Each agency provides varying building code requirements when it comes to commercial cooking appliances or domestic cooking appliances used for commercial purposes. Senior living and assisted living facilities, certain healthcare centers, and college dormitories have a specific set of requirements that should be followed.

Other residential applications in commercial buildings such as fire stations, churches, and teaching kitchens don’t have quite the same stringent constraints, but they still must comply with the requirements outlined by the IMC and should follow best practices for life safety.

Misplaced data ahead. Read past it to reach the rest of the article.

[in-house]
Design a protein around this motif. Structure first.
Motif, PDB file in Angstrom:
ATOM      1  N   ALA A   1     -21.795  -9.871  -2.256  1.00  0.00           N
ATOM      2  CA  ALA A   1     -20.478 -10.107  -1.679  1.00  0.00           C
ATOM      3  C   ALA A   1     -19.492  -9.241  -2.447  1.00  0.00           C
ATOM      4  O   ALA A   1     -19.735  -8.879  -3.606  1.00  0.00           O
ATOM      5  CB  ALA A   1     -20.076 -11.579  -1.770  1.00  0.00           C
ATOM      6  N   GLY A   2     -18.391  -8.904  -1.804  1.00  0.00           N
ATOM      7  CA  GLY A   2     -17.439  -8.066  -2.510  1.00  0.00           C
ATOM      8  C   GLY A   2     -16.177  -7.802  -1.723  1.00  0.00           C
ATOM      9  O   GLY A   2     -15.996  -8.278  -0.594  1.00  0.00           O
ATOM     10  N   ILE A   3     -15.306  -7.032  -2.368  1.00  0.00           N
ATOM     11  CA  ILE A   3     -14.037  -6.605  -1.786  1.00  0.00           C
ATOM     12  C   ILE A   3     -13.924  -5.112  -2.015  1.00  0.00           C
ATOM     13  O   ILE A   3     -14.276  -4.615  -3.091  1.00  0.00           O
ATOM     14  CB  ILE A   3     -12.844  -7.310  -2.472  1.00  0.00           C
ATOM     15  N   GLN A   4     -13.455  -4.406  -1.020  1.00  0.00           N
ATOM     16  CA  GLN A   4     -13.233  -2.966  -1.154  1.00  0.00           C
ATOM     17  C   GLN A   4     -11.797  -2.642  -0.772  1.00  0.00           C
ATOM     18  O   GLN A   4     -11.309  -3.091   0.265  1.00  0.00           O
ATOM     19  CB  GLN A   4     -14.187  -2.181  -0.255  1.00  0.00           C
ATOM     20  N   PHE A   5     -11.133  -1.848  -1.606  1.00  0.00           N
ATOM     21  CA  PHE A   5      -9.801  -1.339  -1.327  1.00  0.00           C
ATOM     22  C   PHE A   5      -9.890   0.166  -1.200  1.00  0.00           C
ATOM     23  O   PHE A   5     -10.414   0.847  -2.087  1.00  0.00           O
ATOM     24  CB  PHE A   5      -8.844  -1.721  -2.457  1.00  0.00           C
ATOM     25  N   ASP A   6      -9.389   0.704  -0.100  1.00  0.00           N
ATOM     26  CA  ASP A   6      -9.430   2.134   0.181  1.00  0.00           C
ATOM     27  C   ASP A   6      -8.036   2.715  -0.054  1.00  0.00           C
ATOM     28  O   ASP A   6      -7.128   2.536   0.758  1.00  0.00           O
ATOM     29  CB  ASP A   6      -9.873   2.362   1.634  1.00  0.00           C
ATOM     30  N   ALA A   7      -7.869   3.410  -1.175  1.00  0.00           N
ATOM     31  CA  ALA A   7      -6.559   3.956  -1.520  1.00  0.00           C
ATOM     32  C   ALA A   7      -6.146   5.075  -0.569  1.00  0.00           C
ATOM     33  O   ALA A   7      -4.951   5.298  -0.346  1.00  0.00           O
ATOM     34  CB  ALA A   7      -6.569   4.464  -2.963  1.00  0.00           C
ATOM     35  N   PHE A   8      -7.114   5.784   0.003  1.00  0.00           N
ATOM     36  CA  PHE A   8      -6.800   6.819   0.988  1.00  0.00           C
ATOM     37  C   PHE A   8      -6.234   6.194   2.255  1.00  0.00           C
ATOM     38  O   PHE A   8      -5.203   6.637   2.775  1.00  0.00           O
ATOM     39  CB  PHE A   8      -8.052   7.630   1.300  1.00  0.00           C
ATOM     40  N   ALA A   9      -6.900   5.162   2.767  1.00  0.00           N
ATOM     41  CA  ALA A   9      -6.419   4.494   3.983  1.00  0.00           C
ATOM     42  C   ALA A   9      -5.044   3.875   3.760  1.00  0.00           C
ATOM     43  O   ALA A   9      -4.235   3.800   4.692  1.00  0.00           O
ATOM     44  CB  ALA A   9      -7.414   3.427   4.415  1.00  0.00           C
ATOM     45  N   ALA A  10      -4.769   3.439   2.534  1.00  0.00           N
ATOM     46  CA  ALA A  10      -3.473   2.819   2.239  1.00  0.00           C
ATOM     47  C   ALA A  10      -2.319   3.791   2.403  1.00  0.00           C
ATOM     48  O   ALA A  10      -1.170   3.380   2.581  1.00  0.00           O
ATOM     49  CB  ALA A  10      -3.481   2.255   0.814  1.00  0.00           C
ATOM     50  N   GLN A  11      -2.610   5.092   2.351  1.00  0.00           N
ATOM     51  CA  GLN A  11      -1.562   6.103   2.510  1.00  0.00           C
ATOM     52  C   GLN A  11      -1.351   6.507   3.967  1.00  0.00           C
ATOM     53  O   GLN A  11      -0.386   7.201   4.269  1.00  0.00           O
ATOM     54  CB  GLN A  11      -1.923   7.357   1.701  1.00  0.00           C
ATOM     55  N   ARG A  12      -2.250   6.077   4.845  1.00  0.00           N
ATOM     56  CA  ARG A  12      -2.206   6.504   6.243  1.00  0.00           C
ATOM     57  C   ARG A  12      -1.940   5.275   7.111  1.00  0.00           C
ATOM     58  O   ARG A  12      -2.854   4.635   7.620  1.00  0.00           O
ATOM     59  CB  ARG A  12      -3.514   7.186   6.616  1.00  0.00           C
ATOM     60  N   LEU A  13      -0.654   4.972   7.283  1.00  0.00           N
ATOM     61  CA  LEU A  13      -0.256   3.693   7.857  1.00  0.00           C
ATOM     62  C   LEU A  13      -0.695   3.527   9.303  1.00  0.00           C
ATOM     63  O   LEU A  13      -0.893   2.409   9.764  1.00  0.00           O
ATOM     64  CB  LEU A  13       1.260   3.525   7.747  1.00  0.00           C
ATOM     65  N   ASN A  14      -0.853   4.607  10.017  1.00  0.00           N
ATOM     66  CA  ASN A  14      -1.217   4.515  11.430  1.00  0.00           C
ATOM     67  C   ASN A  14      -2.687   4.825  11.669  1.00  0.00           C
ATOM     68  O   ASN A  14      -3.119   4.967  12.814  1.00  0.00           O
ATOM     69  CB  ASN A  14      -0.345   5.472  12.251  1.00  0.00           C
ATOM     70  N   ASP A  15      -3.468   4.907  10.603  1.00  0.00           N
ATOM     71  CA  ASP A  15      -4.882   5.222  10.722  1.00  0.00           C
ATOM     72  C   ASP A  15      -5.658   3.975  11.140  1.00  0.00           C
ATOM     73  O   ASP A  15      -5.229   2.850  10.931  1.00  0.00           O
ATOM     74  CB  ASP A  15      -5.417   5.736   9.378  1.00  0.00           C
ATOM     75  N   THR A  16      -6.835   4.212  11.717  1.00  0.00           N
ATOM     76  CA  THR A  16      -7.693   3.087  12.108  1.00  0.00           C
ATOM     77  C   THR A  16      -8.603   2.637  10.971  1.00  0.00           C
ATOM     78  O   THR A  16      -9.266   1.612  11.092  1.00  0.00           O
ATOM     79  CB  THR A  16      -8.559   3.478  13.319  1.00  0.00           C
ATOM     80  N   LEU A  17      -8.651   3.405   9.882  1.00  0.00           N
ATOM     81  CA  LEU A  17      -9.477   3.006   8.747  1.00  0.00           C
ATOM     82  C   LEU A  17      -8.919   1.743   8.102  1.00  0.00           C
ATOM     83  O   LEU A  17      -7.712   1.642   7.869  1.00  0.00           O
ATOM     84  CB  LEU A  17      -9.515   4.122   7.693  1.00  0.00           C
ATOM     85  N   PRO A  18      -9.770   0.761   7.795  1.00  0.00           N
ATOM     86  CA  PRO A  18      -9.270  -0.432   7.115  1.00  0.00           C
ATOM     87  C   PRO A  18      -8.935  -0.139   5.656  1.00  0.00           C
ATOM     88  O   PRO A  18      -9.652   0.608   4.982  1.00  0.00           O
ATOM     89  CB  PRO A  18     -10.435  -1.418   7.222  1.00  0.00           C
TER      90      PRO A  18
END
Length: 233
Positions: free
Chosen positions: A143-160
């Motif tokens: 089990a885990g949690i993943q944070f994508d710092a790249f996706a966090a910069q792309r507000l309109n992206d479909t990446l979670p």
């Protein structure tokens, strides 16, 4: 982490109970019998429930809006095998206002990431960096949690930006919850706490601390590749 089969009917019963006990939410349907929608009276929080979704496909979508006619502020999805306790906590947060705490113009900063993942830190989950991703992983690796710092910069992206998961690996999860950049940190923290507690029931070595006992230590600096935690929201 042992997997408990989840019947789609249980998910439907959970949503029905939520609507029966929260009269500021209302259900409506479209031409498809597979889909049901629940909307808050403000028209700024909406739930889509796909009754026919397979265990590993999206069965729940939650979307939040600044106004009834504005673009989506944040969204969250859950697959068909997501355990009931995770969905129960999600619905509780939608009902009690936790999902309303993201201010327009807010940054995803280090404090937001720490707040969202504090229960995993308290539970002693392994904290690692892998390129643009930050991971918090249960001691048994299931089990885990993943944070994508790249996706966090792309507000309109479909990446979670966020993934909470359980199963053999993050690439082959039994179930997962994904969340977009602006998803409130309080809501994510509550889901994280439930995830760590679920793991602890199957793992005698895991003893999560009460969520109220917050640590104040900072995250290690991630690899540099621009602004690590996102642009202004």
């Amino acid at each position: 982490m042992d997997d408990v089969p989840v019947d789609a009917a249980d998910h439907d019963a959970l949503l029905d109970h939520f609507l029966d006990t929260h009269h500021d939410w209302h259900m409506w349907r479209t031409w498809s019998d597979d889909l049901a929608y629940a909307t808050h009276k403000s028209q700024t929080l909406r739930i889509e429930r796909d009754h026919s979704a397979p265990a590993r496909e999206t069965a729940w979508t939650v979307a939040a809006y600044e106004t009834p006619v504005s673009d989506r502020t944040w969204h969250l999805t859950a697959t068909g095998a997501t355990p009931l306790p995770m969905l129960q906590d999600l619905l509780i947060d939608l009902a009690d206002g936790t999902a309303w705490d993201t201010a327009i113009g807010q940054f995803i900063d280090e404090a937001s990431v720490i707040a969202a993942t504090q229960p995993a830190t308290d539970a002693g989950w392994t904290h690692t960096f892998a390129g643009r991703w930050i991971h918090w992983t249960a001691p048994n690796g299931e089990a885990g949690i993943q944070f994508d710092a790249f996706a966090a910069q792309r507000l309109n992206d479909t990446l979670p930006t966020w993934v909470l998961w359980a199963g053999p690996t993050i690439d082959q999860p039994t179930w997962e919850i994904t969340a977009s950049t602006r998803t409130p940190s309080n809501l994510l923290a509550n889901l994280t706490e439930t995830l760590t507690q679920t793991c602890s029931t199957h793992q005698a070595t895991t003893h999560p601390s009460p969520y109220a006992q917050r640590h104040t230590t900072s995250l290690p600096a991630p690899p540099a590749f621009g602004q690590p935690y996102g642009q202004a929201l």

Connect with Us

We understand that kitchen ventilation can be complicated, but we’re here to remove the complexity and simplify the process of selecting the perfect solution for any new or existing commercial space that includes a residential-style kitchen. Connect with your local Accurex kitchen ventilation representative here to get started.

Learn more about our Fire Ready Residential Range Hood system and download our white paper, Proper Ventilation & Protection of a Residential Range in a Commercial Building, to learn more about residential-style and commercial hood systems and applicable codes that apply to both.